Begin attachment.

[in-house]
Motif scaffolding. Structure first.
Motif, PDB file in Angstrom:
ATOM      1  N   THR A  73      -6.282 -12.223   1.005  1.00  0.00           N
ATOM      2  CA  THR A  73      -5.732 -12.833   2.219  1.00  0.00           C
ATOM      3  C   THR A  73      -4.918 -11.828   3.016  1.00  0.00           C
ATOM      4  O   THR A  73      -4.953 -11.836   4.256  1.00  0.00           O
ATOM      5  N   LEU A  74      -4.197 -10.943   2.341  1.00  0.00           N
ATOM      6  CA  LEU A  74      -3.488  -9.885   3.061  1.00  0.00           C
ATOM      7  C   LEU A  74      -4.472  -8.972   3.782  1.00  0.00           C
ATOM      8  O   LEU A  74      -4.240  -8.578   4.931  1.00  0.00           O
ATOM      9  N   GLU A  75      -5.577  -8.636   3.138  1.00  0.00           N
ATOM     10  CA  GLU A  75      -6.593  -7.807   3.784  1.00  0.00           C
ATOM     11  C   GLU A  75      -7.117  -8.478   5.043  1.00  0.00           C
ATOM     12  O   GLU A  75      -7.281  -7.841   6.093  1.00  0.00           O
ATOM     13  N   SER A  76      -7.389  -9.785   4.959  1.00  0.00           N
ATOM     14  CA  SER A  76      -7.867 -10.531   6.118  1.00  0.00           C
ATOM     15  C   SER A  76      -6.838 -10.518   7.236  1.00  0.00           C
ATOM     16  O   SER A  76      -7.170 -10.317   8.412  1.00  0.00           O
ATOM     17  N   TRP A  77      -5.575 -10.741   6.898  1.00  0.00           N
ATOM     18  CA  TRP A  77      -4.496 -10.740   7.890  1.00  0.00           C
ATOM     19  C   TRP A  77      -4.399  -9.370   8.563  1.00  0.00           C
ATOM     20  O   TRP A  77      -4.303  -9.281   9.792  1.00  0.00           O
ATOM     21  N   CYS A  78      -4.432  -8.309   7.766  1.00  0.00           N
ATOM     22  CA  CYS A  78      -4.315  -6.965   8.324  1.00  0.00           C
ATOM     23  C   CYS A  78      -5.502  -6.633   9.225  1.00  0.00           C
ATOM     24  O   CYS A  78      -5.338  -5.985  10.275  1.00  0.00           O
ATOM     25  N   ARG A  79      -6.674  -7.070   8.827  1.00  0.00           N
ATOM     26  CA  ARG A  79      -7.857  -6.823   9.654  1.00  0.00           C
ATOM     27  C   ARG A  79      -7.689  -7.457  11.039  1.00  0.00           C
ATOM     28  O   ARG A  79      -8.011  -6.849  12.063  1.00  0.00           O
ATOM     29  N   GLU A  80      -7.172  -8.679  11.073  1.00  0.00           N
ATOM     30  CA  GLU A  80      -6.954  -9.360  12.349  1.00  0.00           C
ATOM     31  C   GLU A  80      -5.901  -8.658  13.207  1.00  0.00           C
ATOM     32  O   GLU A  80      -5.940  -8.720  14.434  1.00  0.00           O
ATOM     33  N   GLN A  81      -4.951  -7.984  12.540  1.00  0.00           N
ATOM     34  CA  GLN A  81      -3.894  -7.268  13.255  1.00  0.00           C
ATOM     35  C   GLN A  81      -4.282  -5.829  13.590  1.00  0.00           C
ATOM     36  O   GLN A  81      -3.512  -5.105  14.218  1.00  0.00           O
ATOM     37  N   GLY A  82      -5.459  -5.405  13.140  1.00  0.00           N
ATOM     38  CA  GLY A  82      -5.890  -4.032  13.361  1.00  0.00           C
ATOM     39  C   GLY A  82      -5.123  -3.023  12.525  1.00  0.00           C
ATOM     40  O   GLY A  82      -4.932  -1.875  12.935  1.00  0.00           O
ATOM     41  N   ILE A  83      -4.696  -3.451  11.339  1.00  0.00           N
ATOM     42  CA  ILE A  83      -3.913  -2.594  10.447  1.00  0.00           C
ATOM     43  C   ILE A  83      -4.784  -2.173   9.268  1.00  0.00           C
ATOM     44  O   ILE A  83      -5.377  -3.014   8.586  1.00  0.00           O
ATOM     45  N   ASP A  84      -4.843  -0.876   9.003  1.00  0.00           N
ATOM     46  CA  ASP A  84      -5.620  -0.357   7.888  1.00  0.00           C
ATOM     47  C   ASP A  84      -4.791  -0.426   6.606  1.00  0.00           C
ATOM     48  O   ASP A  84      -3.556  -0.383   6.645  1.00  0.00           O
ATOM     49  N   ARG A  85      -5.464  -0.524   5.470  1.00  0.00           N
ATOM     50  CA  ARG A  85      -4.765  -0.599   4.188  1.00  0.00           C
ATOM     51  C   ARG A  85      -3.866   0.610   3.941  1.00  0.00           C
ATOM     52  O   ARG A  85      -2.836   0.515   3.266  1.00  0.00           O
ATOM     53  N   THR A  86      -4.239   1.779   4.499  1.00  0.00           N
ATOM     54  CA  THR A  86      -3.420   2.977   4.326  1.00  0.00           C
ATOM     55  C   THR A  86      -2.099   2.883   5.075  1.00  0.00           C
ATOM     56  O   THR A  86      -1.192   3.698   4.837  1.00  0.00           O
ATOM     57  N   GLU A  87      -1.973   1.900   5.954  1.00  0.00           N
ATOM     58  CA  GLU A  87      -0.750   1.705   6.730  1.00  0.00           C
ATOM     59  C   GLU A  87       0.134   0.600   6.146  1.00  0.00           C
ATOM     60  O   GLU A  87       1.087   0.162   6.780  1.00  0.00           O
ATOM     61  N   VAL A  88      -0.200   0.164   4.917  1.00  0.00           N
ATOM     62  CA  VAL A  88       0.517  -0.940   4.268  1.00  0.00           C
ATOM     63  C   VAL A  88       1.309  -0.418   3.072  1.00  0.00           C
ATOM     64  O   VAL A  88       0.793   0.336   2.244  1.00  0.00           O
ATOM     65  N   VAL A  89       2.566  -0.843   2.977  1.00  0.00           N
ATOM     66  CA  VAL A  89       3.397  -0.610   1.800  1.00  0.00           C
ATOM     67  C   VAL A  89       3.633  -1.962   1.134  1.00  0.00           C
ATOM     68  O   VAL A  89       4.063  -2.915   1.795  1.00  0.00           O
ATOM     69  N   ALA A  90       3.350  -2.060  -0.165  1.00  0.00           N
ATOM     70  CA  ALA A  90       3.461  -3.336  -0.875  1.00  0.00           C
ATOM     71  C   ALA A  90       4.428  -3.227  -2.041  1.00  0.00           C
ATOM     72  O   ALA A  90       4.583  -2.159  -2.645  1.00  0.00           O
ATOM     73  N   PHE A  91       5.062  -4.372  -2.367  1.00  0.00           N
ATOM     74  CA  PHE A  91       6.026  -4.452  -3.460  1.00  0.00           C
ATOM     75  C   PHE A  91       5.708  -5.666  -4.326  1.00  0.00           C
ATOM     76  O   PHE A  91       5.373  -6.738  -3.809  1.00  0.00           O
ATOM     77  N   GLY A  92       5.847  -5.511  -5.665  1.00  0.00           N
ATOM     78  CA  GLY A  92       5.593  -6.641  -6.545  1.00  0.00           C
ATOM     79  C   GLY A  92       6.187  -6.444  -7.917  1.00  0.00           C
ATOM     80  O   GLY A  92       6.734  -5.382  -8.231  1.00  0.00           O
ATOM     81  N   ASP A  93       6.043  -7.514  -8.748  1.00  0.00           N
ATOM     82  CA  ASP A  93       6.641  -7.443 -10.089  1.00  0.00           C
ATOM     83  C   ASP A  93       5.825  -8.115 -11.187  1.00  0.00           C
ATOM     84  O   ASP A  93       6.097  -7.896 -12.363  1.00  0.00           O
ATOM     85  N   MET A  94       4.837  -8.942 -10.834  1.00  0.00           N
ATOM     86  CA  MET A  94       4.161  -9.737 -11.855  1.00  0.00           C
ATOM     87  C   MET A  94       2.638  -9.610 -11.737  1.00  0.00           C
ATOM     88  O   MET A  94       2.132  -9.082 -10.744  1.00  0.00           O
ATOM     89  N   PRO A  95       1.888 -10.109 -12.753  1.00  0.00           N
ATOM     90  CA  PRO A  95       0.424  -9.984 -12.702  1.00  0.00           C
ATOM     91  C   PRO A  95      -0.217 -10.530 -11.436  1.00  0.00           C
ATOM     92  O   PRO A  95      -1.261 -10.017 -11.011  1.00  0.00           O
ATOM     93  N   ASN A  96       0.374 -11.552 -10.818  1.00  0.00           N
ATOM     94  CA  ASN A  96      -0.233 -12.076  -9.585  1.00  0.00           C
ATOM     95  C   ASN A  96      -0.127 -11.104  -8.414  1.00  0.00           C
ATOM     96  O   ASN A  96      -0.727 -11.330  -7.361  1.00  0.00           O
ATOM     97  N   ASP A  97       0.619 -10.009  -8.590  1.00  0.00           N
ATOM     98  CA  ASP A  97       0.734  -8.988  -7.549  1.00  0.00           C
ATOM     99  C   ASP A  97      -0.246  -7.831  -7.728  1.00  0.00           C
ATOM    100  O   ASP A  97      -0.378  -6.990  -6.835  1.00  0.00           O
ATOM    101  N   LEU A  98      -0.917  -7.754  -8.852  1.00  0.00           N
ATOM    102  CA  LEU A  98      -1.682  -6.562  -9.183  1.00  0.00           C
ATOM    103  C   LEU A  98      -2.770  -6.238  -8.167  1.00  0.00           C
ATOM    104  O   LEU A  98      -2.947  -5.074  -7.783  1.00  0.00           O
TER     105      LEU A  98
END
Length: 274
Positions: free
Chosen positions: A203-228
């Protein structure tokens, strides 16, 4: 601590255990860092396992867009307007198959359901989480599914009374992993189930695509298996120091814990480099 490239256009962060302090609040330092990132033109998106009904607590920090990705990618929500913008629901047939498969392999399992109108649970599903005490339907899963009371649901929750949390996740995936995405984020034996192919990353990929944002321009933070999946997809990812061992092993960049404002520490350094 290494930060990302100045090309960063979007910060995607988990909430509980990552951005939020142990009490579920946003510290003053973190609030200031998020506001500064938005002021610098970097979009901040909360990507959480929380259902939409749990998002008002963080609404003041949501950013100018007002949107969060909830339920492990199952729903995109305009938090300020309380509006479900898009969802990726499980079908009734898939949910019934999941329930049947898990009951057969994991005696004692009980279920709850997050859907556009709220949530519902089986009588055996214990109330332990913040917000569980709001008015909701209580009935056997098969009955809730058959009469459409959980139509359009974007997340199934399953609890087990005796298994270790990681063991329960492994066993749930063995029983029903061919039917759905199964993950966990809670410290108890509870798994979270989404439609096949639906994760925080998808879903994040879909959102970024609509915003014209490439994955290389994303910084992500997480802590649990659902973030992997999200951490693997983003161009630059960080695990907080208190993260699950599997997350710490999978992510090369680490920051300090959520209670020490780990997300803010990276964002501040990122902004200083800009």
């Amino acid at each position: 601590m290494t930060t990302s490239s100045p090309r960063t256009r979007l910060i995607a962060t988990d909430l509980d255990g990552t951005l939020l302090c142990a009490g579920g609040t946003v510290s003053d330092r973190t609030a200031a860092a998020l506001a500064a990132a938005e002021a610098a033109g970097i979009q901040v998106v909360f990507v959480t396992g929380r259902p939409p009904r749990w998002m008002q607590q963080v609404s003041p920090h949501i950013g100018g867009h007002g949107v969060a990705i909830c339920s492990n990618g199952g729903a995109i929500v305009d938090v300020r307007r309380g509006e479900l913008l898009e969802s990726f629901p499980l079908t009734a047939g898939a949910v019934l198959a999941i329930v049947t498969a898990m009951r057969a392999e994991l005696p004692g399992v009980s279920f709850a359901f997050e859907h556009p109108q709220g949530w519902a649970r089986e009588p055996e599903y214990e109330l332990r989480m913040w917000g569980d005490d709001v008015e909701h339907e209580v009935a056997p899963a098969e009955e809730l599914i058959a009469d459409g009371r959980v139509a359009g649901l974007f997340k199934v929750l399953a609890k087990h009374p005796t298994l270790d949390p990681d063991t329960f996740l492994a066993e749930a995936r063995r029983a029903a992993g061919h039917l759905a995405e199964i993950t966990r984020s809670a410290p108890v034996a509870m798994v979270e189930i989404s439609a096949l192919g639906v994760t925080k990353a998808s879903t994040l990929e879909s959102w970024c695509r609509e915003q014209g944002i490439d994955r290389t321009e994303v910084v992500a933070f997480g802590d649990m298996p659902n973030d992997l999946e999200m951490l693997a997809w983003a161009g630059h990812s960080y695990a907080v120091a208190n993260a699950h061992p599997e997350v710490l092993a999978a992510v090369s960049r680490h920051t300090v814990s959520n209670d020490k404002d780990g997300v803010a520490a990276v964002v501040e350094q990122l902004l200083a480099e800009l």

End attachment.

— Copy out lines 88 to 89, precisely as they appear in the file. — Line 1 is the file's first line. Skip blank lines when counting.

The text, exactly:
ATOM     85  N   MET A  94       4.837  -8.942 -10.834  1.00  0.00           N
ATOM     86  CA  MET A  94       4.161  -9.737 -11.855  1.00  0.00           C